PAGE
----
Friday, August 17, 2007

Impressed with Ben Wright

I had the privilege to listen to Ben Wright detail some of his vision for the MNPS schools last night, and I have to say that I was impressed. He voiced a much more student-achievement focused philosophy than the previous Chief Academic Officer did. Dr. Wright's predecessor worked aggressively to articulate standards and focus on the curriculum, but that focus had become myopic by the time she left.

Dr. Wright's focus is more educationally sound, and his strategies (more later) for achieving his goals seem good. Of course, successful implementation will be determined by a host of variables that philosophy and goals cannot fully control, but at least he seems to be on the right track (no pun intended).

Mine is just an initial observation, and much remains to be seen about implementation and buy-in from the stakeholders in the system, but I was invigorated that a cooperative approach linking the Mayor, City Council, and school board with this new focus could, over time, really go a long way in changing the perceptions and realities in our schools. Now is the time for political leaders to call for that cooperative approach.

Missing in action on this are any serious journalistic efforts by print or television news in town to detail the educational philosophy Dr. Wright brings and any serious investigation or comment by either mayoral candidate. I am ready to be corrected if this statement is in error, but I do know that no press was present at the Parent's Advisory Council meeting last night where I was able to hear Dr. Wright detail his goals. That's unfortunate because he was talking about what we need to DO about the NCLB realities. We should have a thriving discussion and debate about action steps to follow moving forward in place of continual hand-wringing about the shape we're in.

By the way, in case you missed it, please help me get attention from the mayoral candidates for my questions about their intentions in the area of education funding.


Lauren said...

I am glad you were impressed by Ben Wright because I'm guessing he will be our next Director of Schools. And I'm guessing it could be sooner than many people think. The urban citizens never have had any real support for Garcia and now the middle class is against him over SSA. The next evaluation will be very interesting and should be coming next month. I'm guessing Ben Wright is the heir apparent.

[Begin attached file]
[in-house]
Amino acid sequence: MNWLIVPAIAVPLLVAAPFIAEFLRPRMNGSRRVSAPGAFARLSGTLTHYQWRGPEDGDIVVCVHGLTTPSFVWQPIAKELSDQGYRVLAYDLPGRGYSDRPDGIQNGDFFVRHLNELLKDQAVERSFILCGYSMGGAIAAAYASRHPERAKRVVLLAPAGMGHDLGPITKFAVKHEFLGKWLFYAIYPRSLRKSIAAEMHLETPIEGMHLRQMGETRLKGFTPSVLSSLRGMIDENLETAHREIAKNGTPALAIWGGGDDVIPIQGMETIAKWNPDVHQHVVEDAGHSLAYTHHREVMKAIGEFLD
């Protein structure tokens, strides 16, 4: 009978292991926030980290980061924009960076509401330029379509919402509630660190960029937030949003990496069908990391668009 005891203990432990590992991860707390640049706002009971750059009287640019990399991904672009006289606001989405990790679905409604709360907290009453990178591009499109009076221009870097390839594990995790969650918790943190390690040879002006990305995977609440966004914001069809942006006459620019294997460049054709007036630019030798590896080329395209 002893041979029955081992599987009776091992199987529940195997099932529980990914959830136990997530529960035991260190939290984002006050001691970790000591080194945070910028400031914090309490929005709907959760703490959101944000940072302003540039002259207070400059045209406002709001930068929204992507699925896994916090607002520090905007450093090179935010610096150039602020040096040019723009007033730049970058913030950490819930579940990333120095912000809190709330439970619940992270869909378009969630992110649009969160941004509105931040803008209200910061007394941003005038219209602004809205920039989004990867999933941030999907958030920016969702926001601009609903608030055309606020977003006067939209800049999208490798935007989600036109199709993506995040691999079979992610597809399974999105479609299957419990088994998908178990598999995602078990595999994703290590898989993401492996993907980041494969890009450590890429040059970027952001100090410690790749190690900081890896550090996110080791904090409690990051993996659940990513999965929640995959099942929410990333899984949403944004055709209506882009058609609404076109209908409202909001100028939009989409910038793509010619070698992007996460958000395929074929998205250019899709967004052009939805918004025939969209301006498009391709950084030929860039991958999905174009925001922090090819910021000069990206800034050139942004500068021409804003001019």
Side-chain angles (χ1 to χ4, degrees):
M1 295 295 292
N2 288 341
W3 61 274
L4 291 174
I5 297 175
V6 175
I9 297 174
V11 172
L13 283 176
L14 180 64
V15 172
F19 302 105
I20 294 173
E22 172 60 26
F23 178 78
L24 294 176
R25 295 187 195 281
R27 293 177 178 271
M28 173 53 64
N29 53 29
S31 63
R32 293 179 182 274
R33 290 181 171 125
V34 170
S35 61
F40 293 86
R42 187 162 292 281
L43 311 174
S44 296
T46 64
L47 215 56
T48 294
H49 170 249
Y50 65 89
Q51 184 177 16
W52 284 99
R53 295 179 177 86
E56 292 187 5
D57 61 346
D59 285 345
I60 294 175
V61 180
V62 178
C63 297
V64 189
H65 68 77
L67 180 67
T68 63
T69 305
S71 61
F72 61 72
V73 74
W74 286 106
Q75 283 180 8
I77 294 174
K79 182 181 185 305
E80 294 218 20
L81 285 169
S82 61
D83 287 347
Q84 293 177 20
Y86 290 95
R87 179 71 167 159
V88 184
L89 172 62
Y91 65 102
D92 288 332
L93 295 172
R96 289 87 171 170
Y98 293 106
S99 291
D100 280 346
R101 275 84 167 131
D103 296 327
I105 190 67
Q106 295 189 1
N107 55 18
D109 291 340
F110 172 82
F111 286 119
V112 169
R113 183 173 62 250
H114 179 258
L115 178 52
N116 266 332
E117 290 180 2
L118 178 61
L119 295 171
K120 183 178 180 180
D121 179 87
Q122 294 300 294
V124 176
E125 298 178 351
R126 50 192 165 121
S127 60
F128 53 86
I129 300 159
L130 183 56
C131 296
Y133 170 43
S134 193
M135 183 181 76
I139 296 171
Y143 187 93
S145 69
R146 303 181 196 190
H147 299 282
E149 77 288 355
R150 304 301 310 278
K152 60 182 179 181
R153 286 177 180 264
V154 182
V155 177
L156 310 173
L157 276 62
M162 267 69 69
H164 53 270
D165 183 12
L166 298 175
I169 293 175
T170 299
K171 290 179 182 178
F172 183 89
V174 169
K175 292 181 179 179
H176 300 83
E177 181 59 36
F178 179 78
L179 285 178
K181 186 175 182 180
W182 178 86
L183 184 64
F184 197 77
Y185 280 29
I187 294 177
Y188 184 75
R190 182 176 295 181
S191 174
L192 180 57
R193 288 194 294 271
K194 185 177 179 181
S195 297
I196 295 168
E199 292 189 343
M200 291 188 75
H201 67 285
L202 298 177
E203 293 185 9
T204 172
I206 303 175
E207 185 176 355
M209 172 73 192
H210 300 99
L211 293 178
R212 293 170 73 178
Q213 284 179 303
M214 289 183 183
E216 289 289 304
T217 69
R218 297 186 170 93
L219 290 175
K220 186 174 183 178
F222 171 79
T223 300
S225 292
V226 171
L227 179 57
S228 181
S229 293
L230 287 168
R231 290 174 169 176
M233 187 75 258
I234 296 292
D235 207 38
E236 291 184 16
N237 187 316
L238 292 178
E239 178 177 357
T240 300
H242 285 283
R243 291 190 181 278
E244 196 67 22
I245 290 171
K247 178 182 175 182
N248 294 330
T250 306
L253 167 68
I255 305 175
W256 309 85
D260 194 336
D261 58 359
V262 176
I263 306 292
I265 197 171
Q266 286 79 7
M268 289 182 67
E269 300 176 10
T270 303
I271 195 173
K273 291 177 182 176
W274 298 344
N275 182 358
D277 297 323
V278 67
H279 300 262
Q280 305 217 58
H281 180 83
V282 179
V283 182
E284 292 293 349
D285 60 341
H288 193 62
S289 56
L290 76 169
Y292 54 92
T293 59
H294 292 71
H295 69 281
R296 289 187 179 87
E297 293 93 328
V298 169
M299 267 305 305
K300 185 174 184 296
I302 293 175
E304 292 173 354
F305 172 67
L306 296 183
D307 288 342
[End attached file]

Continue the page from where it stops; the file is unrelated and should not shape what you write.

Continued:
Anonymous said...

Alan -- Quick correct -- Dr. Wright is not the Chief Academic/Instructional Officer like Sandy Johnson was. Sandy Tinnon has that role but with far less power. It is my understanding he is the Chief Administrative Officer.

I, too, was impressed with what he said. However, I have heard mixed things about his experiences in Seattle and Philadelphia. I want to learn more. Time will tell -- Thanks!

RAH_RAH said...

He has a website too!

df said...

The pith in the wind blog has a scathing review of Ben Wright out today (9/19/07). Alan, can you respond to the comments there, which I feel are pretty unfair and unfounded?

Anonymous said...

I have heard rumors about Wright being the next Director, but he doesn't have a doctorate. Would a major school district actually hire someone without the appropriate training and credentials? This isn't to put down what he has accomplished; that is a track record that needs to be carefully and dispassionately evaluated; what would be worrisome is if that didn't happen, and instead, only the school district's spin machine worked the public. With regard to his website, I also think that grammar is overrated these days, but I would think that at least an EdD, although really a PhD would be the minimum opening bid.

Alan Coverstone said...

I certainly failed to read much behind the website when RAH_RAH posted it after my initial brief impressions were formed. I looked at some of the general narrative pages, and they looked fine. Educational Transformationalist sounded like words I could understand, but they are words that can only be judged in practice, so I disregarded them for the time being.
The Tennessean piece is clearly fluff, and the Pith in the Wind piece is a hatchet job. Where is the truth? Hopefully somewhere in the middle. (Sentence fragment used intentionally; I hope doing so doesn’t disqualify me as an educator). I have been accused of being irresponsible for stuff that seems dated found on old (I thought dead) links to old versions of my school website. That criticism is fair, even though it is not timely or accurate. In Ben Wright's case, though, it does seem fair to ask the context of these pieces, clearly (I think) still linked to him.